ROSE BOSTWICK (GRADE 11)
Walk into any drugstore or supermarket and expect to immediately see a slew of headlines about “Where the 90210 Stars are Now” or “Gigi Hadid’s Courtside Style.” Most people heard the news of Kim Kardashian’s robbery almost immediately, but far fewer people were talking about the Kremlin’s announcement of nuclear warfare preparedness drills to be carried out by Russian citizens, which occurred the same day. In our fame-obsessed society, important world news is consistently overshadowed by reports on celebrity lives.
Not only does the media constantly bombard us with information about celebrities, but these “stories” often range from slightly offensive to downright degrading. Online forums are plastered with articles about a female pop-star who gained a bit of weight, a TV personality who may or may not have gotten lip injections, and some actor’s suspected sex life. This kind of reporting not only teaches children poor lessons about the values our society holds, but eclipses other stories in the news and draws attention away from important issues.
Now, I’m not saying that I think media outlets should stop reporting on celebrities. Personally, I love pop culture and reading tabloids and online news articles about famous people. In fact, I think that often informing oneself about the tragedies happening in the world can be very taxing when done all at once, and seeing more lighthearted material can be a de-stressing technique if not just more fun. However, I think it is important to realize that just because much of the media may be saturated in shallow articles and Top 10 lists, that doesn’t mean there is nothing else newsworthy happening. It doesn’t mean you can sit back and ignore everything else. Although it may not be the most readily available information on our Facebook feeds, we can all strive to make ourselves more aware of what is going on in the world.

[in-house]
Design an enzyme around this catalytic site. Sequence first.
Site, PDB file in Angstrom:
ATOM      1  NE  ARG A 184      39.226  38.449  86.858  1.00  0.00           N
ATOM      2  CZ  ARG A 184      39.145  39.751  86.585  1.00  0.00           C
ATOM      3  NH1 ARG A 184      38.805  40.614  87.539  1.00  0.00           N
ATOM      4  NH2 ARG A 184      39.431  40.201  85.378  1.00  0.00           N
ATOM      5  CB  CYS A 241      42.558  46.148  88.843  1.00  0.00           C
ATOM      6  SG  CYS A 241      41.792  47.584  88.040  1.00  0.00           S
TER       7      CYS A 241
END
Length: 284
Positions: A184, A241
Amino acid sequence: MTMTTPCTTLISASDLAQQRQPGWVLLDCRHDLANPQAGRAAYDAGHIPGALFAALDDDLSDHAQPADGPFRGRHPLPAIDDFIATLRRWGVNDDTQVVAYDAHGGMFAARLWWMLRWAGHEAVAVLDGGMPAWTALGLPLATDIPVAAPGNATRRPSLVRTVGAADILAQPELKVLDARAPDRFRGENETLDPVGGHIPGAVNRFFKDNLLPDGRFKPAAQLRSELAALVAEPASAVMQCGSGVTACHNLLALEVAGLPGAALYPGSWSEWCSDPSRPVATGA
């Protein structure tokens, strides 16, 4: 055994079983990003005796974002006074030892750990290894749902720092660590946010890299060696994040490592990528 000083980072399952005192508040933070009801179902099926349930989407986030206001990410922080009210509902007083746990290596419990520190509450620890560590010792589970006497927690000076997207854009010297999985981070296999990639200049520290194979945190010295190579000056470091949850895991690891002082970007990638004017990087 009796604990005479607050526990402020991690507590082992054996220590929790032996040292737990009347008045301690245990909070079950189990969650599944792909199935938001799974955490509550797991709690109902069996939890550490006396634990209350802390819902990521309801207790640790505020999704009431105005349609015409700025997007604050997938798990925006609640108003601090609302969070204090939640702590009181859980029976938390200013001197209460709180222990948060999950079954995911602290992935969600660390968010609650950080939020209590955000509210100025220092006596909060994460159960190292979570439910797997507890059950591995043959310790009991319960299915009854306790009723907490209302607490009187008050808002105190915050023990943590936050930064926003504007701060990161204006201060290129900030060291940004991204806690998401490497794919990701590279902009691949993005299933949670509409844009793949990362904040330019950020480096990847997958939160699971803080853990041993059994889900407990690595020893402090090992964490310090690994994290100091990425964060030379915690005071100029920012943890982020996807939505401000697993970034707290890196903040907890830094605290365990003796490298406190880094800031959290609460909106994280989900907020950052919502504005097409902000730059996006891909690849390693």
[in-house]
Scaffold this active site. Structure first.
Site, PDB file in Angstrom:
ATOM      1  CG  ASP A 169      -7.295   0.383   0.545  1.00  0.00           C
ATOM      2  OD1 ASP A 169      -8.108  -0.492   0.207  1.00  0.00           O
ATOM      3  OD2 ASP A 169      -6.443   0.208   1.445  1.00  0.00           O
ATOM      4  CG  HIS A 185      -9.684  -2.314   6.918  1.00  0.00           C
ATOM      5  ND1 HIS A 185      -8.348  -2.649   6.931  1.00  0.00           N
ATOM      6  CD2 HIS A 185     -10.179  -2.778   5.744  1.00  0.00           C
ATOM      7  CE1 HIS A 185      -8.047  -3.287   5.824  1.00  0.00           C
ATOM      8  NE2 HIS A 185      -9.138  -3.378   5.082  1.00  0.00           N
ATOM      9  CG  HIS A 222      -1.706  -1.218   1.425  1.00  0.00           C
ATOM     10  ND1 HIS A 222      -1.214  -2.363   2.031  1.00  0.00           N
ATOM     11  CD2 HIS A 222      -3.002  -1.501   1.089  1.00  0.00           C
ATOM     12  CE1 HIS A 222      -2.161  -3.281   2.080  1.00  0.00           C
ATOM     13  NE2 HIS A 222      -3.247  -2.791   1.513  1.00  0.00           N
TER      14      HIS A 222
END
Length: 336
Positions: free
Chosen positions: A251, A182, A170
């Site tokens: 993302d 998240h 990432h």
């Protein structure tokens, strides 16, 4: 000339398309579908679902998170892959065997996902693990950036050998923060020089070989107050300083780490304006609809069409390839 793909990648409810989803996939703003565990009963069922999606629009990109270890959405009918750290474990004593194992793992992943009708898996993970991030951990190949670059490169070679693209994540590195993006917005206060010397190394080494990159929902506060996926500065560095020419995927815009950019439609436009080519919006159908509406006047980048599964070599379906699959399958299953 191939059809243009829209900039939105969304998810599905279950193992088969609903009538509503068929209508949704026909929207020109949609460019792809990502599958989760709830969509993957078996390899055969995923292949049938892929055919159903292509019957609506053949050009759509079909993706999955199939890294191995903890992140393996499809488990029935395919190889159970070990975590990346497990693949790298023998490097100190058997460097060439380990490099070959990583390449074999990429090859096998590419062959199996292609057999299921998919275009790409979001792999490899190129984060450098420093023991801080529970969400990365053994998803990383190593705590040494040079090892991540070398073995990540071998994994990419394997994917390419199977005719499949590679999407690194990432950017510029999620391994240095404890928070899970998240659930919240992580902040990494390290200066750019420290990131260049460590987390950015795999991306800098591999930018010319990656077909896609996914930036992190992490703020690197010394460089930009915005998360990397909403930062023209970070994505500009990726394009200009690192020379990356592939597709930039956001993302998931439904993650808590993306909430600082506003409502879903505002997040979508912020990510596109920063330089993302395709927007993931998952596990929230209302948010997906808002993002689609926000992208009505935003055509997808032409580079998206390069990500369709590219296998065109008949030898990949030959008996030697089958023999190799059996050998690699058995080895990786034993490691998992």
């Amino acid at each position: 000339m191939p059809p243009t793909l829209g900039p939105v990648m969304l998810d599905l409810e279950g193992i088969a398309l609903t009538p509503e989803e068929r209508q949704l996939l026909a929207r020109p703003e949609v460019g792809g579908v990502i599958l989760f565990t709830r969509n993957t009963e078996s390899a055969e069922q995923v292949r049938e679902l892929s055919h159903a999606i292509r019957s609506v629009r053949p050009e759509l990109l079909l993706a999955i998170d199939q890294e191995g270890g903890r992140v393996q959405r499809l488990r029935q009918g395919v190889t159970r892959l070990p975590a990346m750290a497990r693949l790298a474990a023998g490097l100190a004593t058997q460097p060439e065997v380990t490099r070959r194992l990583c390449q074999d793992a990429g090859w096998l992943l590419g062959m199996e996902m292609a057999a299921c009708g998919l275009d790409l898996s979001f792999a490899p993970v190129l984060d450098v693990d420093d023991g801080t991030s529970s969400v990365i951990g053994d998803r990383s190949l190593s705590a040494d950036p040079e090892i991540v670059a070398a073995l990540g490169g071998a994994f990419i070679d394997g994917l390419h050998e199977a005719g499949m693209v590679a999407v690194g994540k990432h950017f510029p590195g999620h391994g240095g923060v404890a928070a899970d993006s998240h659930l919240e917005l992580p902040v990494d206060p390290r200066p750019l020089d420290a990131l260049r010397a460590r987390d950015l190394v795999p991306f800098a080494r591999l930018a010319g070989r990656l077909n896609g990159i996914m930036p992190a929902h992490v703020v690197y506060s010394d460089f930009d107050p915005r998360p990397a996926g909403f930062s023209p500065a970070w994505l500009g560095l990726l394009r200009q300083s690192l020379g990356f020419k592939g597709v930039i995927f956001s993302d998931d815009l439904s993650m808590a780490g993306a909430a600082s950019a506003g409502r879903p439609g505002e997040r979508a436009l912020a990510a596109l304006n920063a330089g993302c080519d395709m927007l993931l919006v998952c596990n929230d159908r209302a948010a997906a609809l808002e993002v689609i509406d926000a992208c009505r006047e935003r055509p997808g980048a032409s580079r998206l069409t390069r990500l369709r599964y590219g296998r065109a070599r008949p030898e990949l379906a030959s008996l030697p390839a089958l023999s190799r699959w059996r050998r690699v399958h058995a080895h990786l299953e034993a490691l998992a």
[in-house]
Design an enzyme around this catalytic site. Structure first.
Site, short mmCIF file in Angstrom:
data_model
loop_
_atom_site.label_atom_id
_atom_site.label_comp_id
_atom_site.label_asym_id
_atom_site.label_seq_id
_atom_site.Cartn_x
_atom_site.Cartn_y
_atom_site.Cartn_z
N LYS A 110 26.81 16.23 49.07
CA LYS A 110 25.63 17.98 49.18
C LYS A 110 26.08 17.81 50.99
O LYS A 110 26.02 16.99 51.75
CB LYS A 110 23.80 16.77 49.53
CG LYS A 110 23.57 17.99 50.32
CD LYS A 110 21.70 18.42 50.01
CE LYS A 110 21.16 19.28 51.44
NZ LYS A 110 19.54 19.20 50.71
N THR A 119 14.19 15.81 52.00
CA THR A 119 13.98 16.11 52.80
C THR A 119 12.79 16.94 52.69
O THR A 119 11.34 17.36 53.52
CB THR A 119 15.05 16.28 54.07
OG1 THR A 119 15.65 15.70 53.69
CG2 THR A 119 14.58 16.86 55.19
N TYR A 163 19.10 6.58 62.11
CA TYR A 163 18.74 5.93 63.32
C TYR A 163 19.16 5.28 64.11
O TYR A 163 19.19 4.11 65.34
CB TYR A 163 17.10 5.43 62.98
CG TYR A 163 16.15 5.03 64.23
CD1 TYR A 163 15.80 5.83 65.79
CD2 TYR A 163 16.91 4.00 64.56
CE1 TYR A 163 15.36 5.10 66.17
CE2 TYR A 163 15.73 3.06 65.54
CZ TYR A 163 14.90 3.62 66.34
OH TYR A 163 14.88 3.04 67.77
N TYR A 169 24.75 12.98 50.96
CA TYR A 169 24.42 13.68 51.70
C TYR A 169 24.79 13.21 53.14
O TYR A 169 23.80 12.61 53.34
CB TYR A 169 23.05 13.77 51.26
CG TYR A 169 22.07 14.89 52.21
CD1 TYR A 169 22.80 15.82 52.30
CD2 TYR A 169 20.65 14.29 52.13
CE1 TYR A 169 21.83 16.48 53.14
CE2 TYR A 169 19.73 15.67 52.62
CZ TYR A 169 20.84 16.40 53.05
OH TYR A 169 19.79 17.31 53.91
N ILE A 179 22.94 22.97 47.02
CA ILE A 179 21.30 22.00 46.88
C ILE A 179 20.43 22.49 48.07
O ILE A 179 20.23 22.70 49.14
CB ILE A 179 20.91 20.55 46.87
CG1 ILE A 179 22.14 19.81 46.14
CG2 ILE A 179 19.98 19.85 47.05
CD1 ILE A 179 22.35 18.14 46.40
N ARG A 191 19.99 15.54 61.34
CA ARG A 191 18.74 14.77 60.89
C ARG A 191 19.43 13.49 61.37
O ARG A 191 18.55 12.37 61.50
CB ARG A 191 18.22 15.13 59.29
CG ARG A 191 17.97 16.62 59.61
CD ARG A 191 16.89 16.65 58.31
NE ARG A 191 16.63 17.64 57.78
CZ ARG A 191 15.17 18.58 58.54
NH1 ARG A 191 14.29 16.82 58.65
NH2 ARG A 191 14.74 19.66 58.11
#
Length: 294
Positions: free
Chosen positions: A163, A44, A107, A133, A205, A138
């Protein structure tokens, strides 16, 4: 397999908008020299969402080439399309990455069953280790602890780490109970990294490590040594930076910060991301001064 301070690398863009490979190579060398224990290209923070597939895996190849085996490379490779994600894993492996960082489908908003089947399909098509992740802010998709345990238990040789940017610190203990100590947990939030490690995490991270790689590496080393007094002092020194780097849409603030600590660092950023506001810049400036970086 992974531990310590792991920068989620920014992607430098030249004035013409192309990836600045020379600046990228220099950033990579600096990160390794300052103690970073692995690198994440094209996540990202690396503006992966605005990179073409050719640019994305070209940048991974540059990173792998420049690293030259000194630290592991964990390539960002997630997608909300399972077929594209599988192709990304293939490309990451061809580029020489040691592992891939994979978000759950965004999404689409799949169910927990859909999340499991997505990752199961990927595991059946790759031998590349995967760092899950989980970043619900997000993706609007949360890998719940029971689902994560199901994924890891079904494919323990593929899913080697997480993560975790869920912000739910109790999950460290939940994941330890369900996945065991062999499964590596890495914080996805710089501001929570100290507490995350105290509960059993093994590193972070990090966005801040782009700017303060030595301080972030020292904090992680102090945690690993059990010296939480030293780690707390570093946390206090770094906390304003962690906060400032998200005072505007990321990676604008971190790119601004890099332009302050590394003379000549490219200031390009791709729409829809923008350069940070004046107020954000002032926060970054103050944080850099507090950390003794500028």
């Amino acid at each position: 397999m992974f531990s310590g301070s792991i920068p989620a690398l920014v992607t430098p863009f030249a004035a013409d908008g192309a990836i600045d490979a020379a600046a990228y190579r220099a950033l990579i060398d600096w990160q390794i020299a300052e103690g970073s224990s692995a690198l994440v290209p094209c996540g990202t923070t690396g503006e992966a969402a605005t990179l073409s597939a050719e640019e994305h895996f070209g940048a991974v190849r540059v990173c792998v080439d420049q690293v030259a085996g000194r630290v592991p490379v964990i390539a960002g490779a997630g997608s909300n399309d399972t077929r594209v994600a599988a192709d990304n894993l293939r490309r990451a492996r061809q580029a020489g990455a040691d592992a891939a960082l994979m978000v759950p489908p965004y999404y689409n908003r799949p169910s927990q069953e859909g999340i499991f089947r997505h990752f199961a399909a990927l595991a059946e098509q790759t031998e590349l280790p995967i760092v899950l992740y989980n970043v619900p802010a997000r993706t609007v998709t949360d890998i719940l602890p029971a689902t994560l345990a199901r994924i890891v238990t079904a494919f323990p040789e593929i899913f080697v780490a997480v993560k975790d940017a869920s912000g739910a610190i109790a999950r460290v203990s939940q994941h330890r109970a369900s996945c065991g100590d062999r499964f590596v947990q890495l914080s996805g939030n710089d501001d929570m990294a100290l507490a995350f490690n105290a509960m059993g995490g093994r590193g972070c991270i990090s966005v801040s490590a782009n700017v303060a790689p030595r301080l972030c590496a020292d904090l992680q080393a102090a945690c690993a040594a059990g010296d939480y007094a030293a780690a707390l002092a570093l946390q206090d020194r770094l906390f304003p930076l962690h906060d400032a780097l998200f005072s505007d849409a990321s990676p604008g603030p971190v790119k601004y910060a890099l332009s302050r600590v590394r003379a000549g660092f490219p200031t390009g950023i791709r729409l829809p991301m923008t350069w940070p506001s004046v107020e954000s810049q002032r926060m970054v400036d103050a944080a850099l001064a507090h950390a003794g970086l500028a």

The media should change, but we ourselves must change as well. While the content of the media molds our interests, it was created by and for our informative purposes, so we in turn shape the media. Reporting on celebrities and pop culture stories being prioritized is common because those are the kinds of stories that get hits and attention. We don’t have to fall into that trap. By showing interest in global affairs, politics, and current events, we can drive more traffic to what matters. We need to work to shape the information we receive ourselves, because changing how the media itself works is a tedious if not impossible practice. In this way, we will become better informed and more open-minded about the nuanced issues surrounding the Dakota Pipeline path and the random man who just bought Kendall Jenner a Rolls-Royce. Win-win.
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